It has been quite a week for all of us affiliated with The Malaysian Insider.
The outpouring of support from the public only amplified the debate on our freedom of expression and access to information. It appears that Malaysians collectively need to stand up for our rights, to be empowered by information and be allowed critical thought process rather than continue to be infantilised by the powers that be.
Further, the decision to block a whole website over one article seems an over exaggeration. The impact is an oppressive silencing of many diverse Malaysian voices that is allowed a platform through this portal.
We are now forced to be outsiders, yet our concerns and voices remain Malaysian.
Coincidentally, I recently finished reading the book by G25 Malaysia, “Breaking the Silence: Voices of Moderation, Islam in a Constitutional Democracy” as my book of the month for February.
As a student of science, I admit that my knowledge of our country’s laws is minimal. Further, my religious education was restricted to a public school curriculum supplemented by Quranic lessons with my late grandfather.
However, living in Malaysia today necessitates the need to navigate the intersection of a secular constitutional democracy with Islamic knowledge.
For this reason alone, I recommend that this book be a must-read for all Malaysians.
Divided into three parts, “Part I” makes up the bulk of the book. It included the discussions by legal experts on the discrepancies found between the Civil and Shariah Laws, in line with the main objective of G25’s open letter back in December 2014.
It dispels my former understanding that both these laws are equals, when in truth Shariah laws are still bound to the Constitution as the supreme law of Malaysia. This misrepresentation comes from my personal lived reality of being faced with dual jeopardy as a Muslim in Malaysia and from recent civil court cases that further confounds the powers of these two laws.
I am inclined to agree with Prof Shad Saleem Faruqi’s essay that there is a silent rewriting of our Federal Constitution.
This calls for a need to include knowledge on the history and formation of Malaysia, the Federal Constitution, the Rukun Negara and the 1963 Malaysia Agreement in our school curriculum.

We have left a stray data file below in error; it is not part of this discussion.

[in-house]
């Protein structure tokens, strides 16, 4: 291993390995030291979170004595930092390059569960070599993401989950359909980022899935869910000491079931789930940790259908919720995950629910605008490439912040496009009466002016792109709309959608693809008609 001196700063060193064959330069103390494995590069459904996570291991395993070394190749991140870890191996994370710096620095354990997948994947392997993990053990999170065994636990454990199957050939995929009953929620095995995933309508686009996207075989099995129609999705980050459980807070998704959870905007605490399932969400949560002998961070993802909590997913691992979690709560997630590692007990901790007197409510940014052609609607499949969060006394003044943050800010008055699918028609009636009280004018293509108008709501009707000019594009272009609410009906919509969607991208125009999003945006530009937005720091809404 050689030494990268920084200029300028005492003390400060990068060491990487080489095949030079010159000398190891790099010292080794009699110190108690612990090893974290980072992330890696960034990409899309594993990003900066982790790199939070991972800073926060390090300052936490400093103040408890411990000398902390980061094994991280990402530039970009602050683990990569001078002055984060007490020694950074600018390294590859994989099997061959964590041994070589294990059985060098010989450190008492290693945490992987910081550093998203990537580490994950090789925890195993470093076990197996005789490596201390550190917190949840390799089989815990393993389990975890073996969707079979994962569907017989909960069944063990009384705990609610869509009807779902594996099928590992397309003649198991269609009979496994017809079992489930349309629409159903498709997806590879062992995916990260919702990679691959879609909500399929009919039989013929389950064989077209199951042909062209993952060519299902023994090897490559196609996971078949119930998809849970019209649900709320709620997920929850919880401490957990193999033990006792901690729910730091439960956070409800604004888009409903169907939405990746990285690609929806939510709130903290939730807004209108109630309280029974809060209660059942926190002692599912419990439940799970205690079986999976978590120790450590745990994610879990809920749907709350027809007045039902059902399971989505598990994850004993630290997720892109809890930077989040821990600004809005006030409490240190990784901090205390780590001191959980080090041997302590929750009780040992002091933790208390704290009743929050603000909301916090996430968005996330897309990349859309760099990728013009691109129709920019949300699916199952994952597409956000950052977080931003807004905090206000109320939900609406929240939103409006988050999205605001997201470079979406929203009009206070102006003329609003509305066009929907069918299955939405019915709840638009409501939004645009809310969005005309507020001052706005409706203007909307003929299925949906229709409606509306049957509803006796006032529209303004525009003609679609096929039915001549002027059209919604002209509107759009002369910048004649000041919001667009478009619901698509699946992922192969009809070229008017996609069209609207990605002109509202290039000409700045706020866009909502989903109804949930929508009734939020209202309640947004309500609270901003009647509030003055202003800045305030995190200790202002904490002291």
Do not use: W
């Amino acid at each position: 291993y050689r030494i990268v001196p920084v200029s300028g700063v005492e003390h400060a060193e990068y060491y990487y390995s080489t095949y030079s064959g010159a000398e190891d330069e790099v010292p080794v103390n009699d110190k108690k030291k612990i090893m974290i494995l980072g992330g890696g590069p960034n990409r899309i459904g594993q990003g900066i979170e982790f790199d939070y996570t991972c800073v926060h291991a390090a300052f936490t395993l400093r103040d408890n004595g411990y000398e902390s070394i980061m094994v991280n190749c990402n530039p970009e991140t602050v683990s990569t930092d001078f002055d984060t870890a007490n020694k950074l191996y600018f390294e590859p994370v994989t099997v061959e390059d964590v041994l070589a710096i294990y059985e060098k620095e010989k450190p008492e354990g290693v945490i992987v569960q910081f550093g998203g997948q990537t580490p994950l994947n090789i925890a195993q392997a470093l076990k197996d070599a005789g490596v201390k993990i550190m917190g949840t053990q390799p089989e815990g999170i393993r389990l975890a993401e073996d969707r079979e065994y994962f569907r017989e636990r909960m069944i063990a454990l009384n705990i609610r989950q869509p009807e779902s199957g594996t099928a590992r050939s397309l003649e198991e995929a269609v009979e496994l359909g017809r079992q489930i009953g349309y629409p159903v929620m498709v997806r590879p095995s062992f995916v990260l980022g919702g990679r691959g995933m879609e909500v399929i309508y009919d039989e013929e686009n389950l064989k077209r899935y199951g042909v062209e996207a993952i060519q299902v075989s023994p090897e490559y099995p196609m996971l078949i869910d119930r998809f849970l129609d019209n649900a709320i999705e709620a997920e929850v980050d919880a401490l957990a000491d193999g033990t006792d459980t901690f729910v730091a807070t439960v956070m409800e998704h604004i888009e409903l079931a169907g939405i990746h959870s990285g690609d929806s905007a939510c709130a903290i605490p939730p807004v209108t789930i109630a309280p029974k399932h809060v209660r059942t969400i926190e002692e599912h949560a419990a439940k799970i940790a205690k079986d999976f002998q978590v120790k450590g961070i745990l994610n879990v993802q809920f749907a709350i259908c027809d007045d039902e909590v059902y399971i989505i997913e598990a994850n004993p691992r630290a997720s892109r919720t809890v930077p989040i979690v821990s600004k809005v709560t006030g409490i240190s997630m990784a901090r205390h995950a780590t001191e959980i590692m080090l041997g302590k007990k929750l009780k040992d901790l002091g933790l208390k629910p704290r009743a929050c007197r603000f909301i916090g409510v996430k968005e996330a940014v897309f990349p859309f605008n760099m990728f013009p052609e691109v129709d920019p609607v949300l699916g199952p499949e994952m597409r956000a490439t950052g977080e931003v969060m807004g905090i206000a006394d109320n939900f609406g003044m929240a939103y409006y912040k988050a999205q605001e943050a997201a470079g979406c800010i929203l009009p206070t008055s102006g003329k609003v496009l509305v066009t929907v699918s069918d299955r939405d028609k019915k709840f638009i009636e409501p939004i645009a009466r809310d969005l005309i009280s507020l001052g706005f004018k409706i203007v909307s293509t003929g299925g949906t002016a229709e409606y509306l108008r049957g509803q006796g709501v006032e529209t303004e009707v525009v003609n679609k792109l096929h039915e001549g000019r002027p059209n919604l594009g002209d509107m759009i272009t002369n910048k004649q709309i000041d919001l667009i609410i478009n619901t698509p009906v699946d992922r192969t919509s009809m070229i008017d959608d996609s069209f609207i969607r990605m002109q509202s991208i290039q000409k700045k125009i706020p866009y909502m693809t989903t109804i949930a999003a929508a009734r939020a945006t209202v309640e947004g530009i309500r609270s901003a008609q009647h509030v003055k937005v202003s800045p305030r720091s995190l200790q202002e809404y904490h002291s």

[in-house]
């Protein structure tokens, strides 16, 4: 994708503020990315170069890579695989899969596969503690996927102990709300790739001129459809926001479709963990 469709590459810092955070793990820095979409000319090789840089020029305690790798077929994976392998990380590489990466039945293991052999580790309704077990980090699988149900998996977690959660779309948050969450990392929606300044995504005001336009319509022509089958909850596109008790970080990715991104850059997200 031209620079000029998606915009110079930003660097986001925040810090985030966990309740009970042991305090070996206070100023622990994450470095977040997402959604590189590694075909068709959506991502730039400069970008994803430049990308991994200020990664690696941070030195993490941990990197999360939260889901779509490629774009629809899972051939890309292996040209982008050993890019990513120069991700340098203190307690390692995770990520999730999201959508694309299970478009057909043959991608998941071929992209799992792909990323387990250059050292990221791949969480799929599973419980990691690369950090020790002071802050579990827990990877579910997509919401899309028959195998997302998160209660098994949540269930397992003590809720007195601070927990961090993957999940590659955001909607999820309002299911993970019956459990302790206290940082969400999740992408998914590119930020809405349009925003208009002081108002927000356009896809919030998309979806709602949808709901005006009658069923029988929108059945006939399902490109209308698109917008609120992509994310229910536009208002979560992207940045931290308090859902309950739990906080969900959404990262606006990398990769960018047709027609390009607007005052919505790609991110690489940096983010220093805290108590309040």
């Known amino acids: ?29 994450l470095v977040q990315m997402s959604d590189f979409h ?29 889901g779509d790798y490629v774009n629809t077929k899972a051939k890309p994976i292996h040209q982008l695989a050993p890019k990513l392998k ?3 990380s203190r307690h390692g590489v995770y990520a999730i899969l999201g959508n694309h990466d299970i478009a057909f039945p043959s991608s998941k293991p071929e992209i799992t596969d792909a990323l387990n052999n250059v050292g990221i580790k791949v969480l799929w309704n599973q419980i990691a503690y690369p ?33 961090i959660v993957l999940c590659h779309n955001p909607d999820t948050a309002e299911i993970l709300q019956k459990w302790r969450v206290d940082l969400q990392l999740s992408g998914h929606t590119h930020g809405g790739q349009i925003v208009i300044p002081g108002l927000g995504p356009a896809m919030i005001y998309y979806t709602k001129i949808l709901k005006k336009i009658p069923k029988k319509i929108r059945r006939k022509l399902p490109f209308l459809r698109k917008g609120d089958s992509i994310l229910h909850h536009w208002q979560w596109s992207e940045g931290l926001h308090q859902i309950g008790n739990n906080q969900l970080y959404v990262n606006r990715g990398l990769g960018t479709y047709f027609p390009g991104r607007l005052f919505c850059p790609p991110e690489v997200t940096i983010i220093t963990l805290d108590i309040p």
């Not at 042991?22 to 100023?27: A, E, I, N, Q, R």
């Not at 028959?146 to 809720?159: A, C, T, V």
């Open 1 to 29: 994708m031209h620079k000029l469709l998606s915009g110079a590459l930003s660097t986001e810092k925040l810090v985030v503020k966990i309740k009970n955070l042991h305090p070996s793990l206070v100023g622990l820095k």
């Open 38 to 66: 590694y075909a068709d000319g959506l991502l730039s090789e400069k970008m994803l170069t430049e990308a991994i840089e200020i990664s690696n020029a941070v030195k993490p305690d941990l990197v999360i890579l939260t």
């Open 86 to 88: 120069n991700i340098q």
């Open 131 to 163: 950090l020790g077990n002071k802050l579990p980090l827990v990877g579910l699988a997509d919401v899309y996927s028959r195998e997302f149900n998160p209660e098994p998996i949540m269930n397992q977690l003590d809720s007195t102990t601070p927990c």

Such academic discourse must not be restricted to memorising and regurgitating facts. Instead, to include discussions on the impact of such drafts in our current lived realities.
In my opinion, this would empower generations of Malaysians and allow an intellectually mature cohort of voters who subsequently will demand for good governance.
I quote Tan Sri Mohd Sheriff Mohd Kassim in his essay, “In mature democracies Parliament plays a strong role not only as an institution which enacts laws but where parliamentarians can exercise their control over the government.”
Lest we forget, without mature voters, we are bereft of a mature parliament; thus leading to the mess that we are currently in.
“Part II” and “Part III” included essays from socio-political activists on the current impact of Islamisation in Malaysia.
As Muslims, we should all strive for a life that encompasses the universal Islamic values of justice, equality, equity, dignity and love and compassion. I believe that such values are strong foundations for any exemplary society.
While these Islamic values formed the Islamisation policy under the Tun Dr Mahathir Mohamad administration, today the consequences are dire.
Instead of inculcating these values, we now see Islamic bureaucracies that are hell bent on controlling every superficial aspect of Islam – from the way Muslims dress to the food we eat, as well as what will or will not confuse us.
Worse, Islam is often used as an excuse to silent, to oppress and to exclude. These discourses are academically presented in these two parts of the book.
Shazal Yusof Zain quoted Al-Farabi in his essay, where “Al-Farabi envisioned a virtuous society (city) would emerge when the rules of a just government are established by human reason and laws exist to protect the rights of the individual.
“Such a society would cause ‘people from outside to flock to it’ and this would lead to a ‘most desirable kind of racial mixture and cultural diversity’ which would guarantee the flourishing of talented individuals and enterprise, something that sounds remarkably similar to what the founding fathers of Malaysia envisioned for our country when they drafted the Federal Constitution.”
I cannot agree more. Reading this book by G25 had me purchasing and perusing a copy of our Federal Constitution. It has also spurred me to read more extensively on my religion. I realise that such Islamic values can be lived in a secular Constitutional democracy. Further, we may even prosper and progress under such a democracy.
Increasing the powers of the Shariah court would only be redundant to laws that have already included the universal Islamic values of justice and upholding human rights as drafted in the Federal Constitution.
What we need now is to raise our collective voice to uphold these laws, reject the hijacking of Islam and to strife for a Malaysia that is just, inclusive and progressive.
We must begin, by breaking our silence.
The Malaysian Insider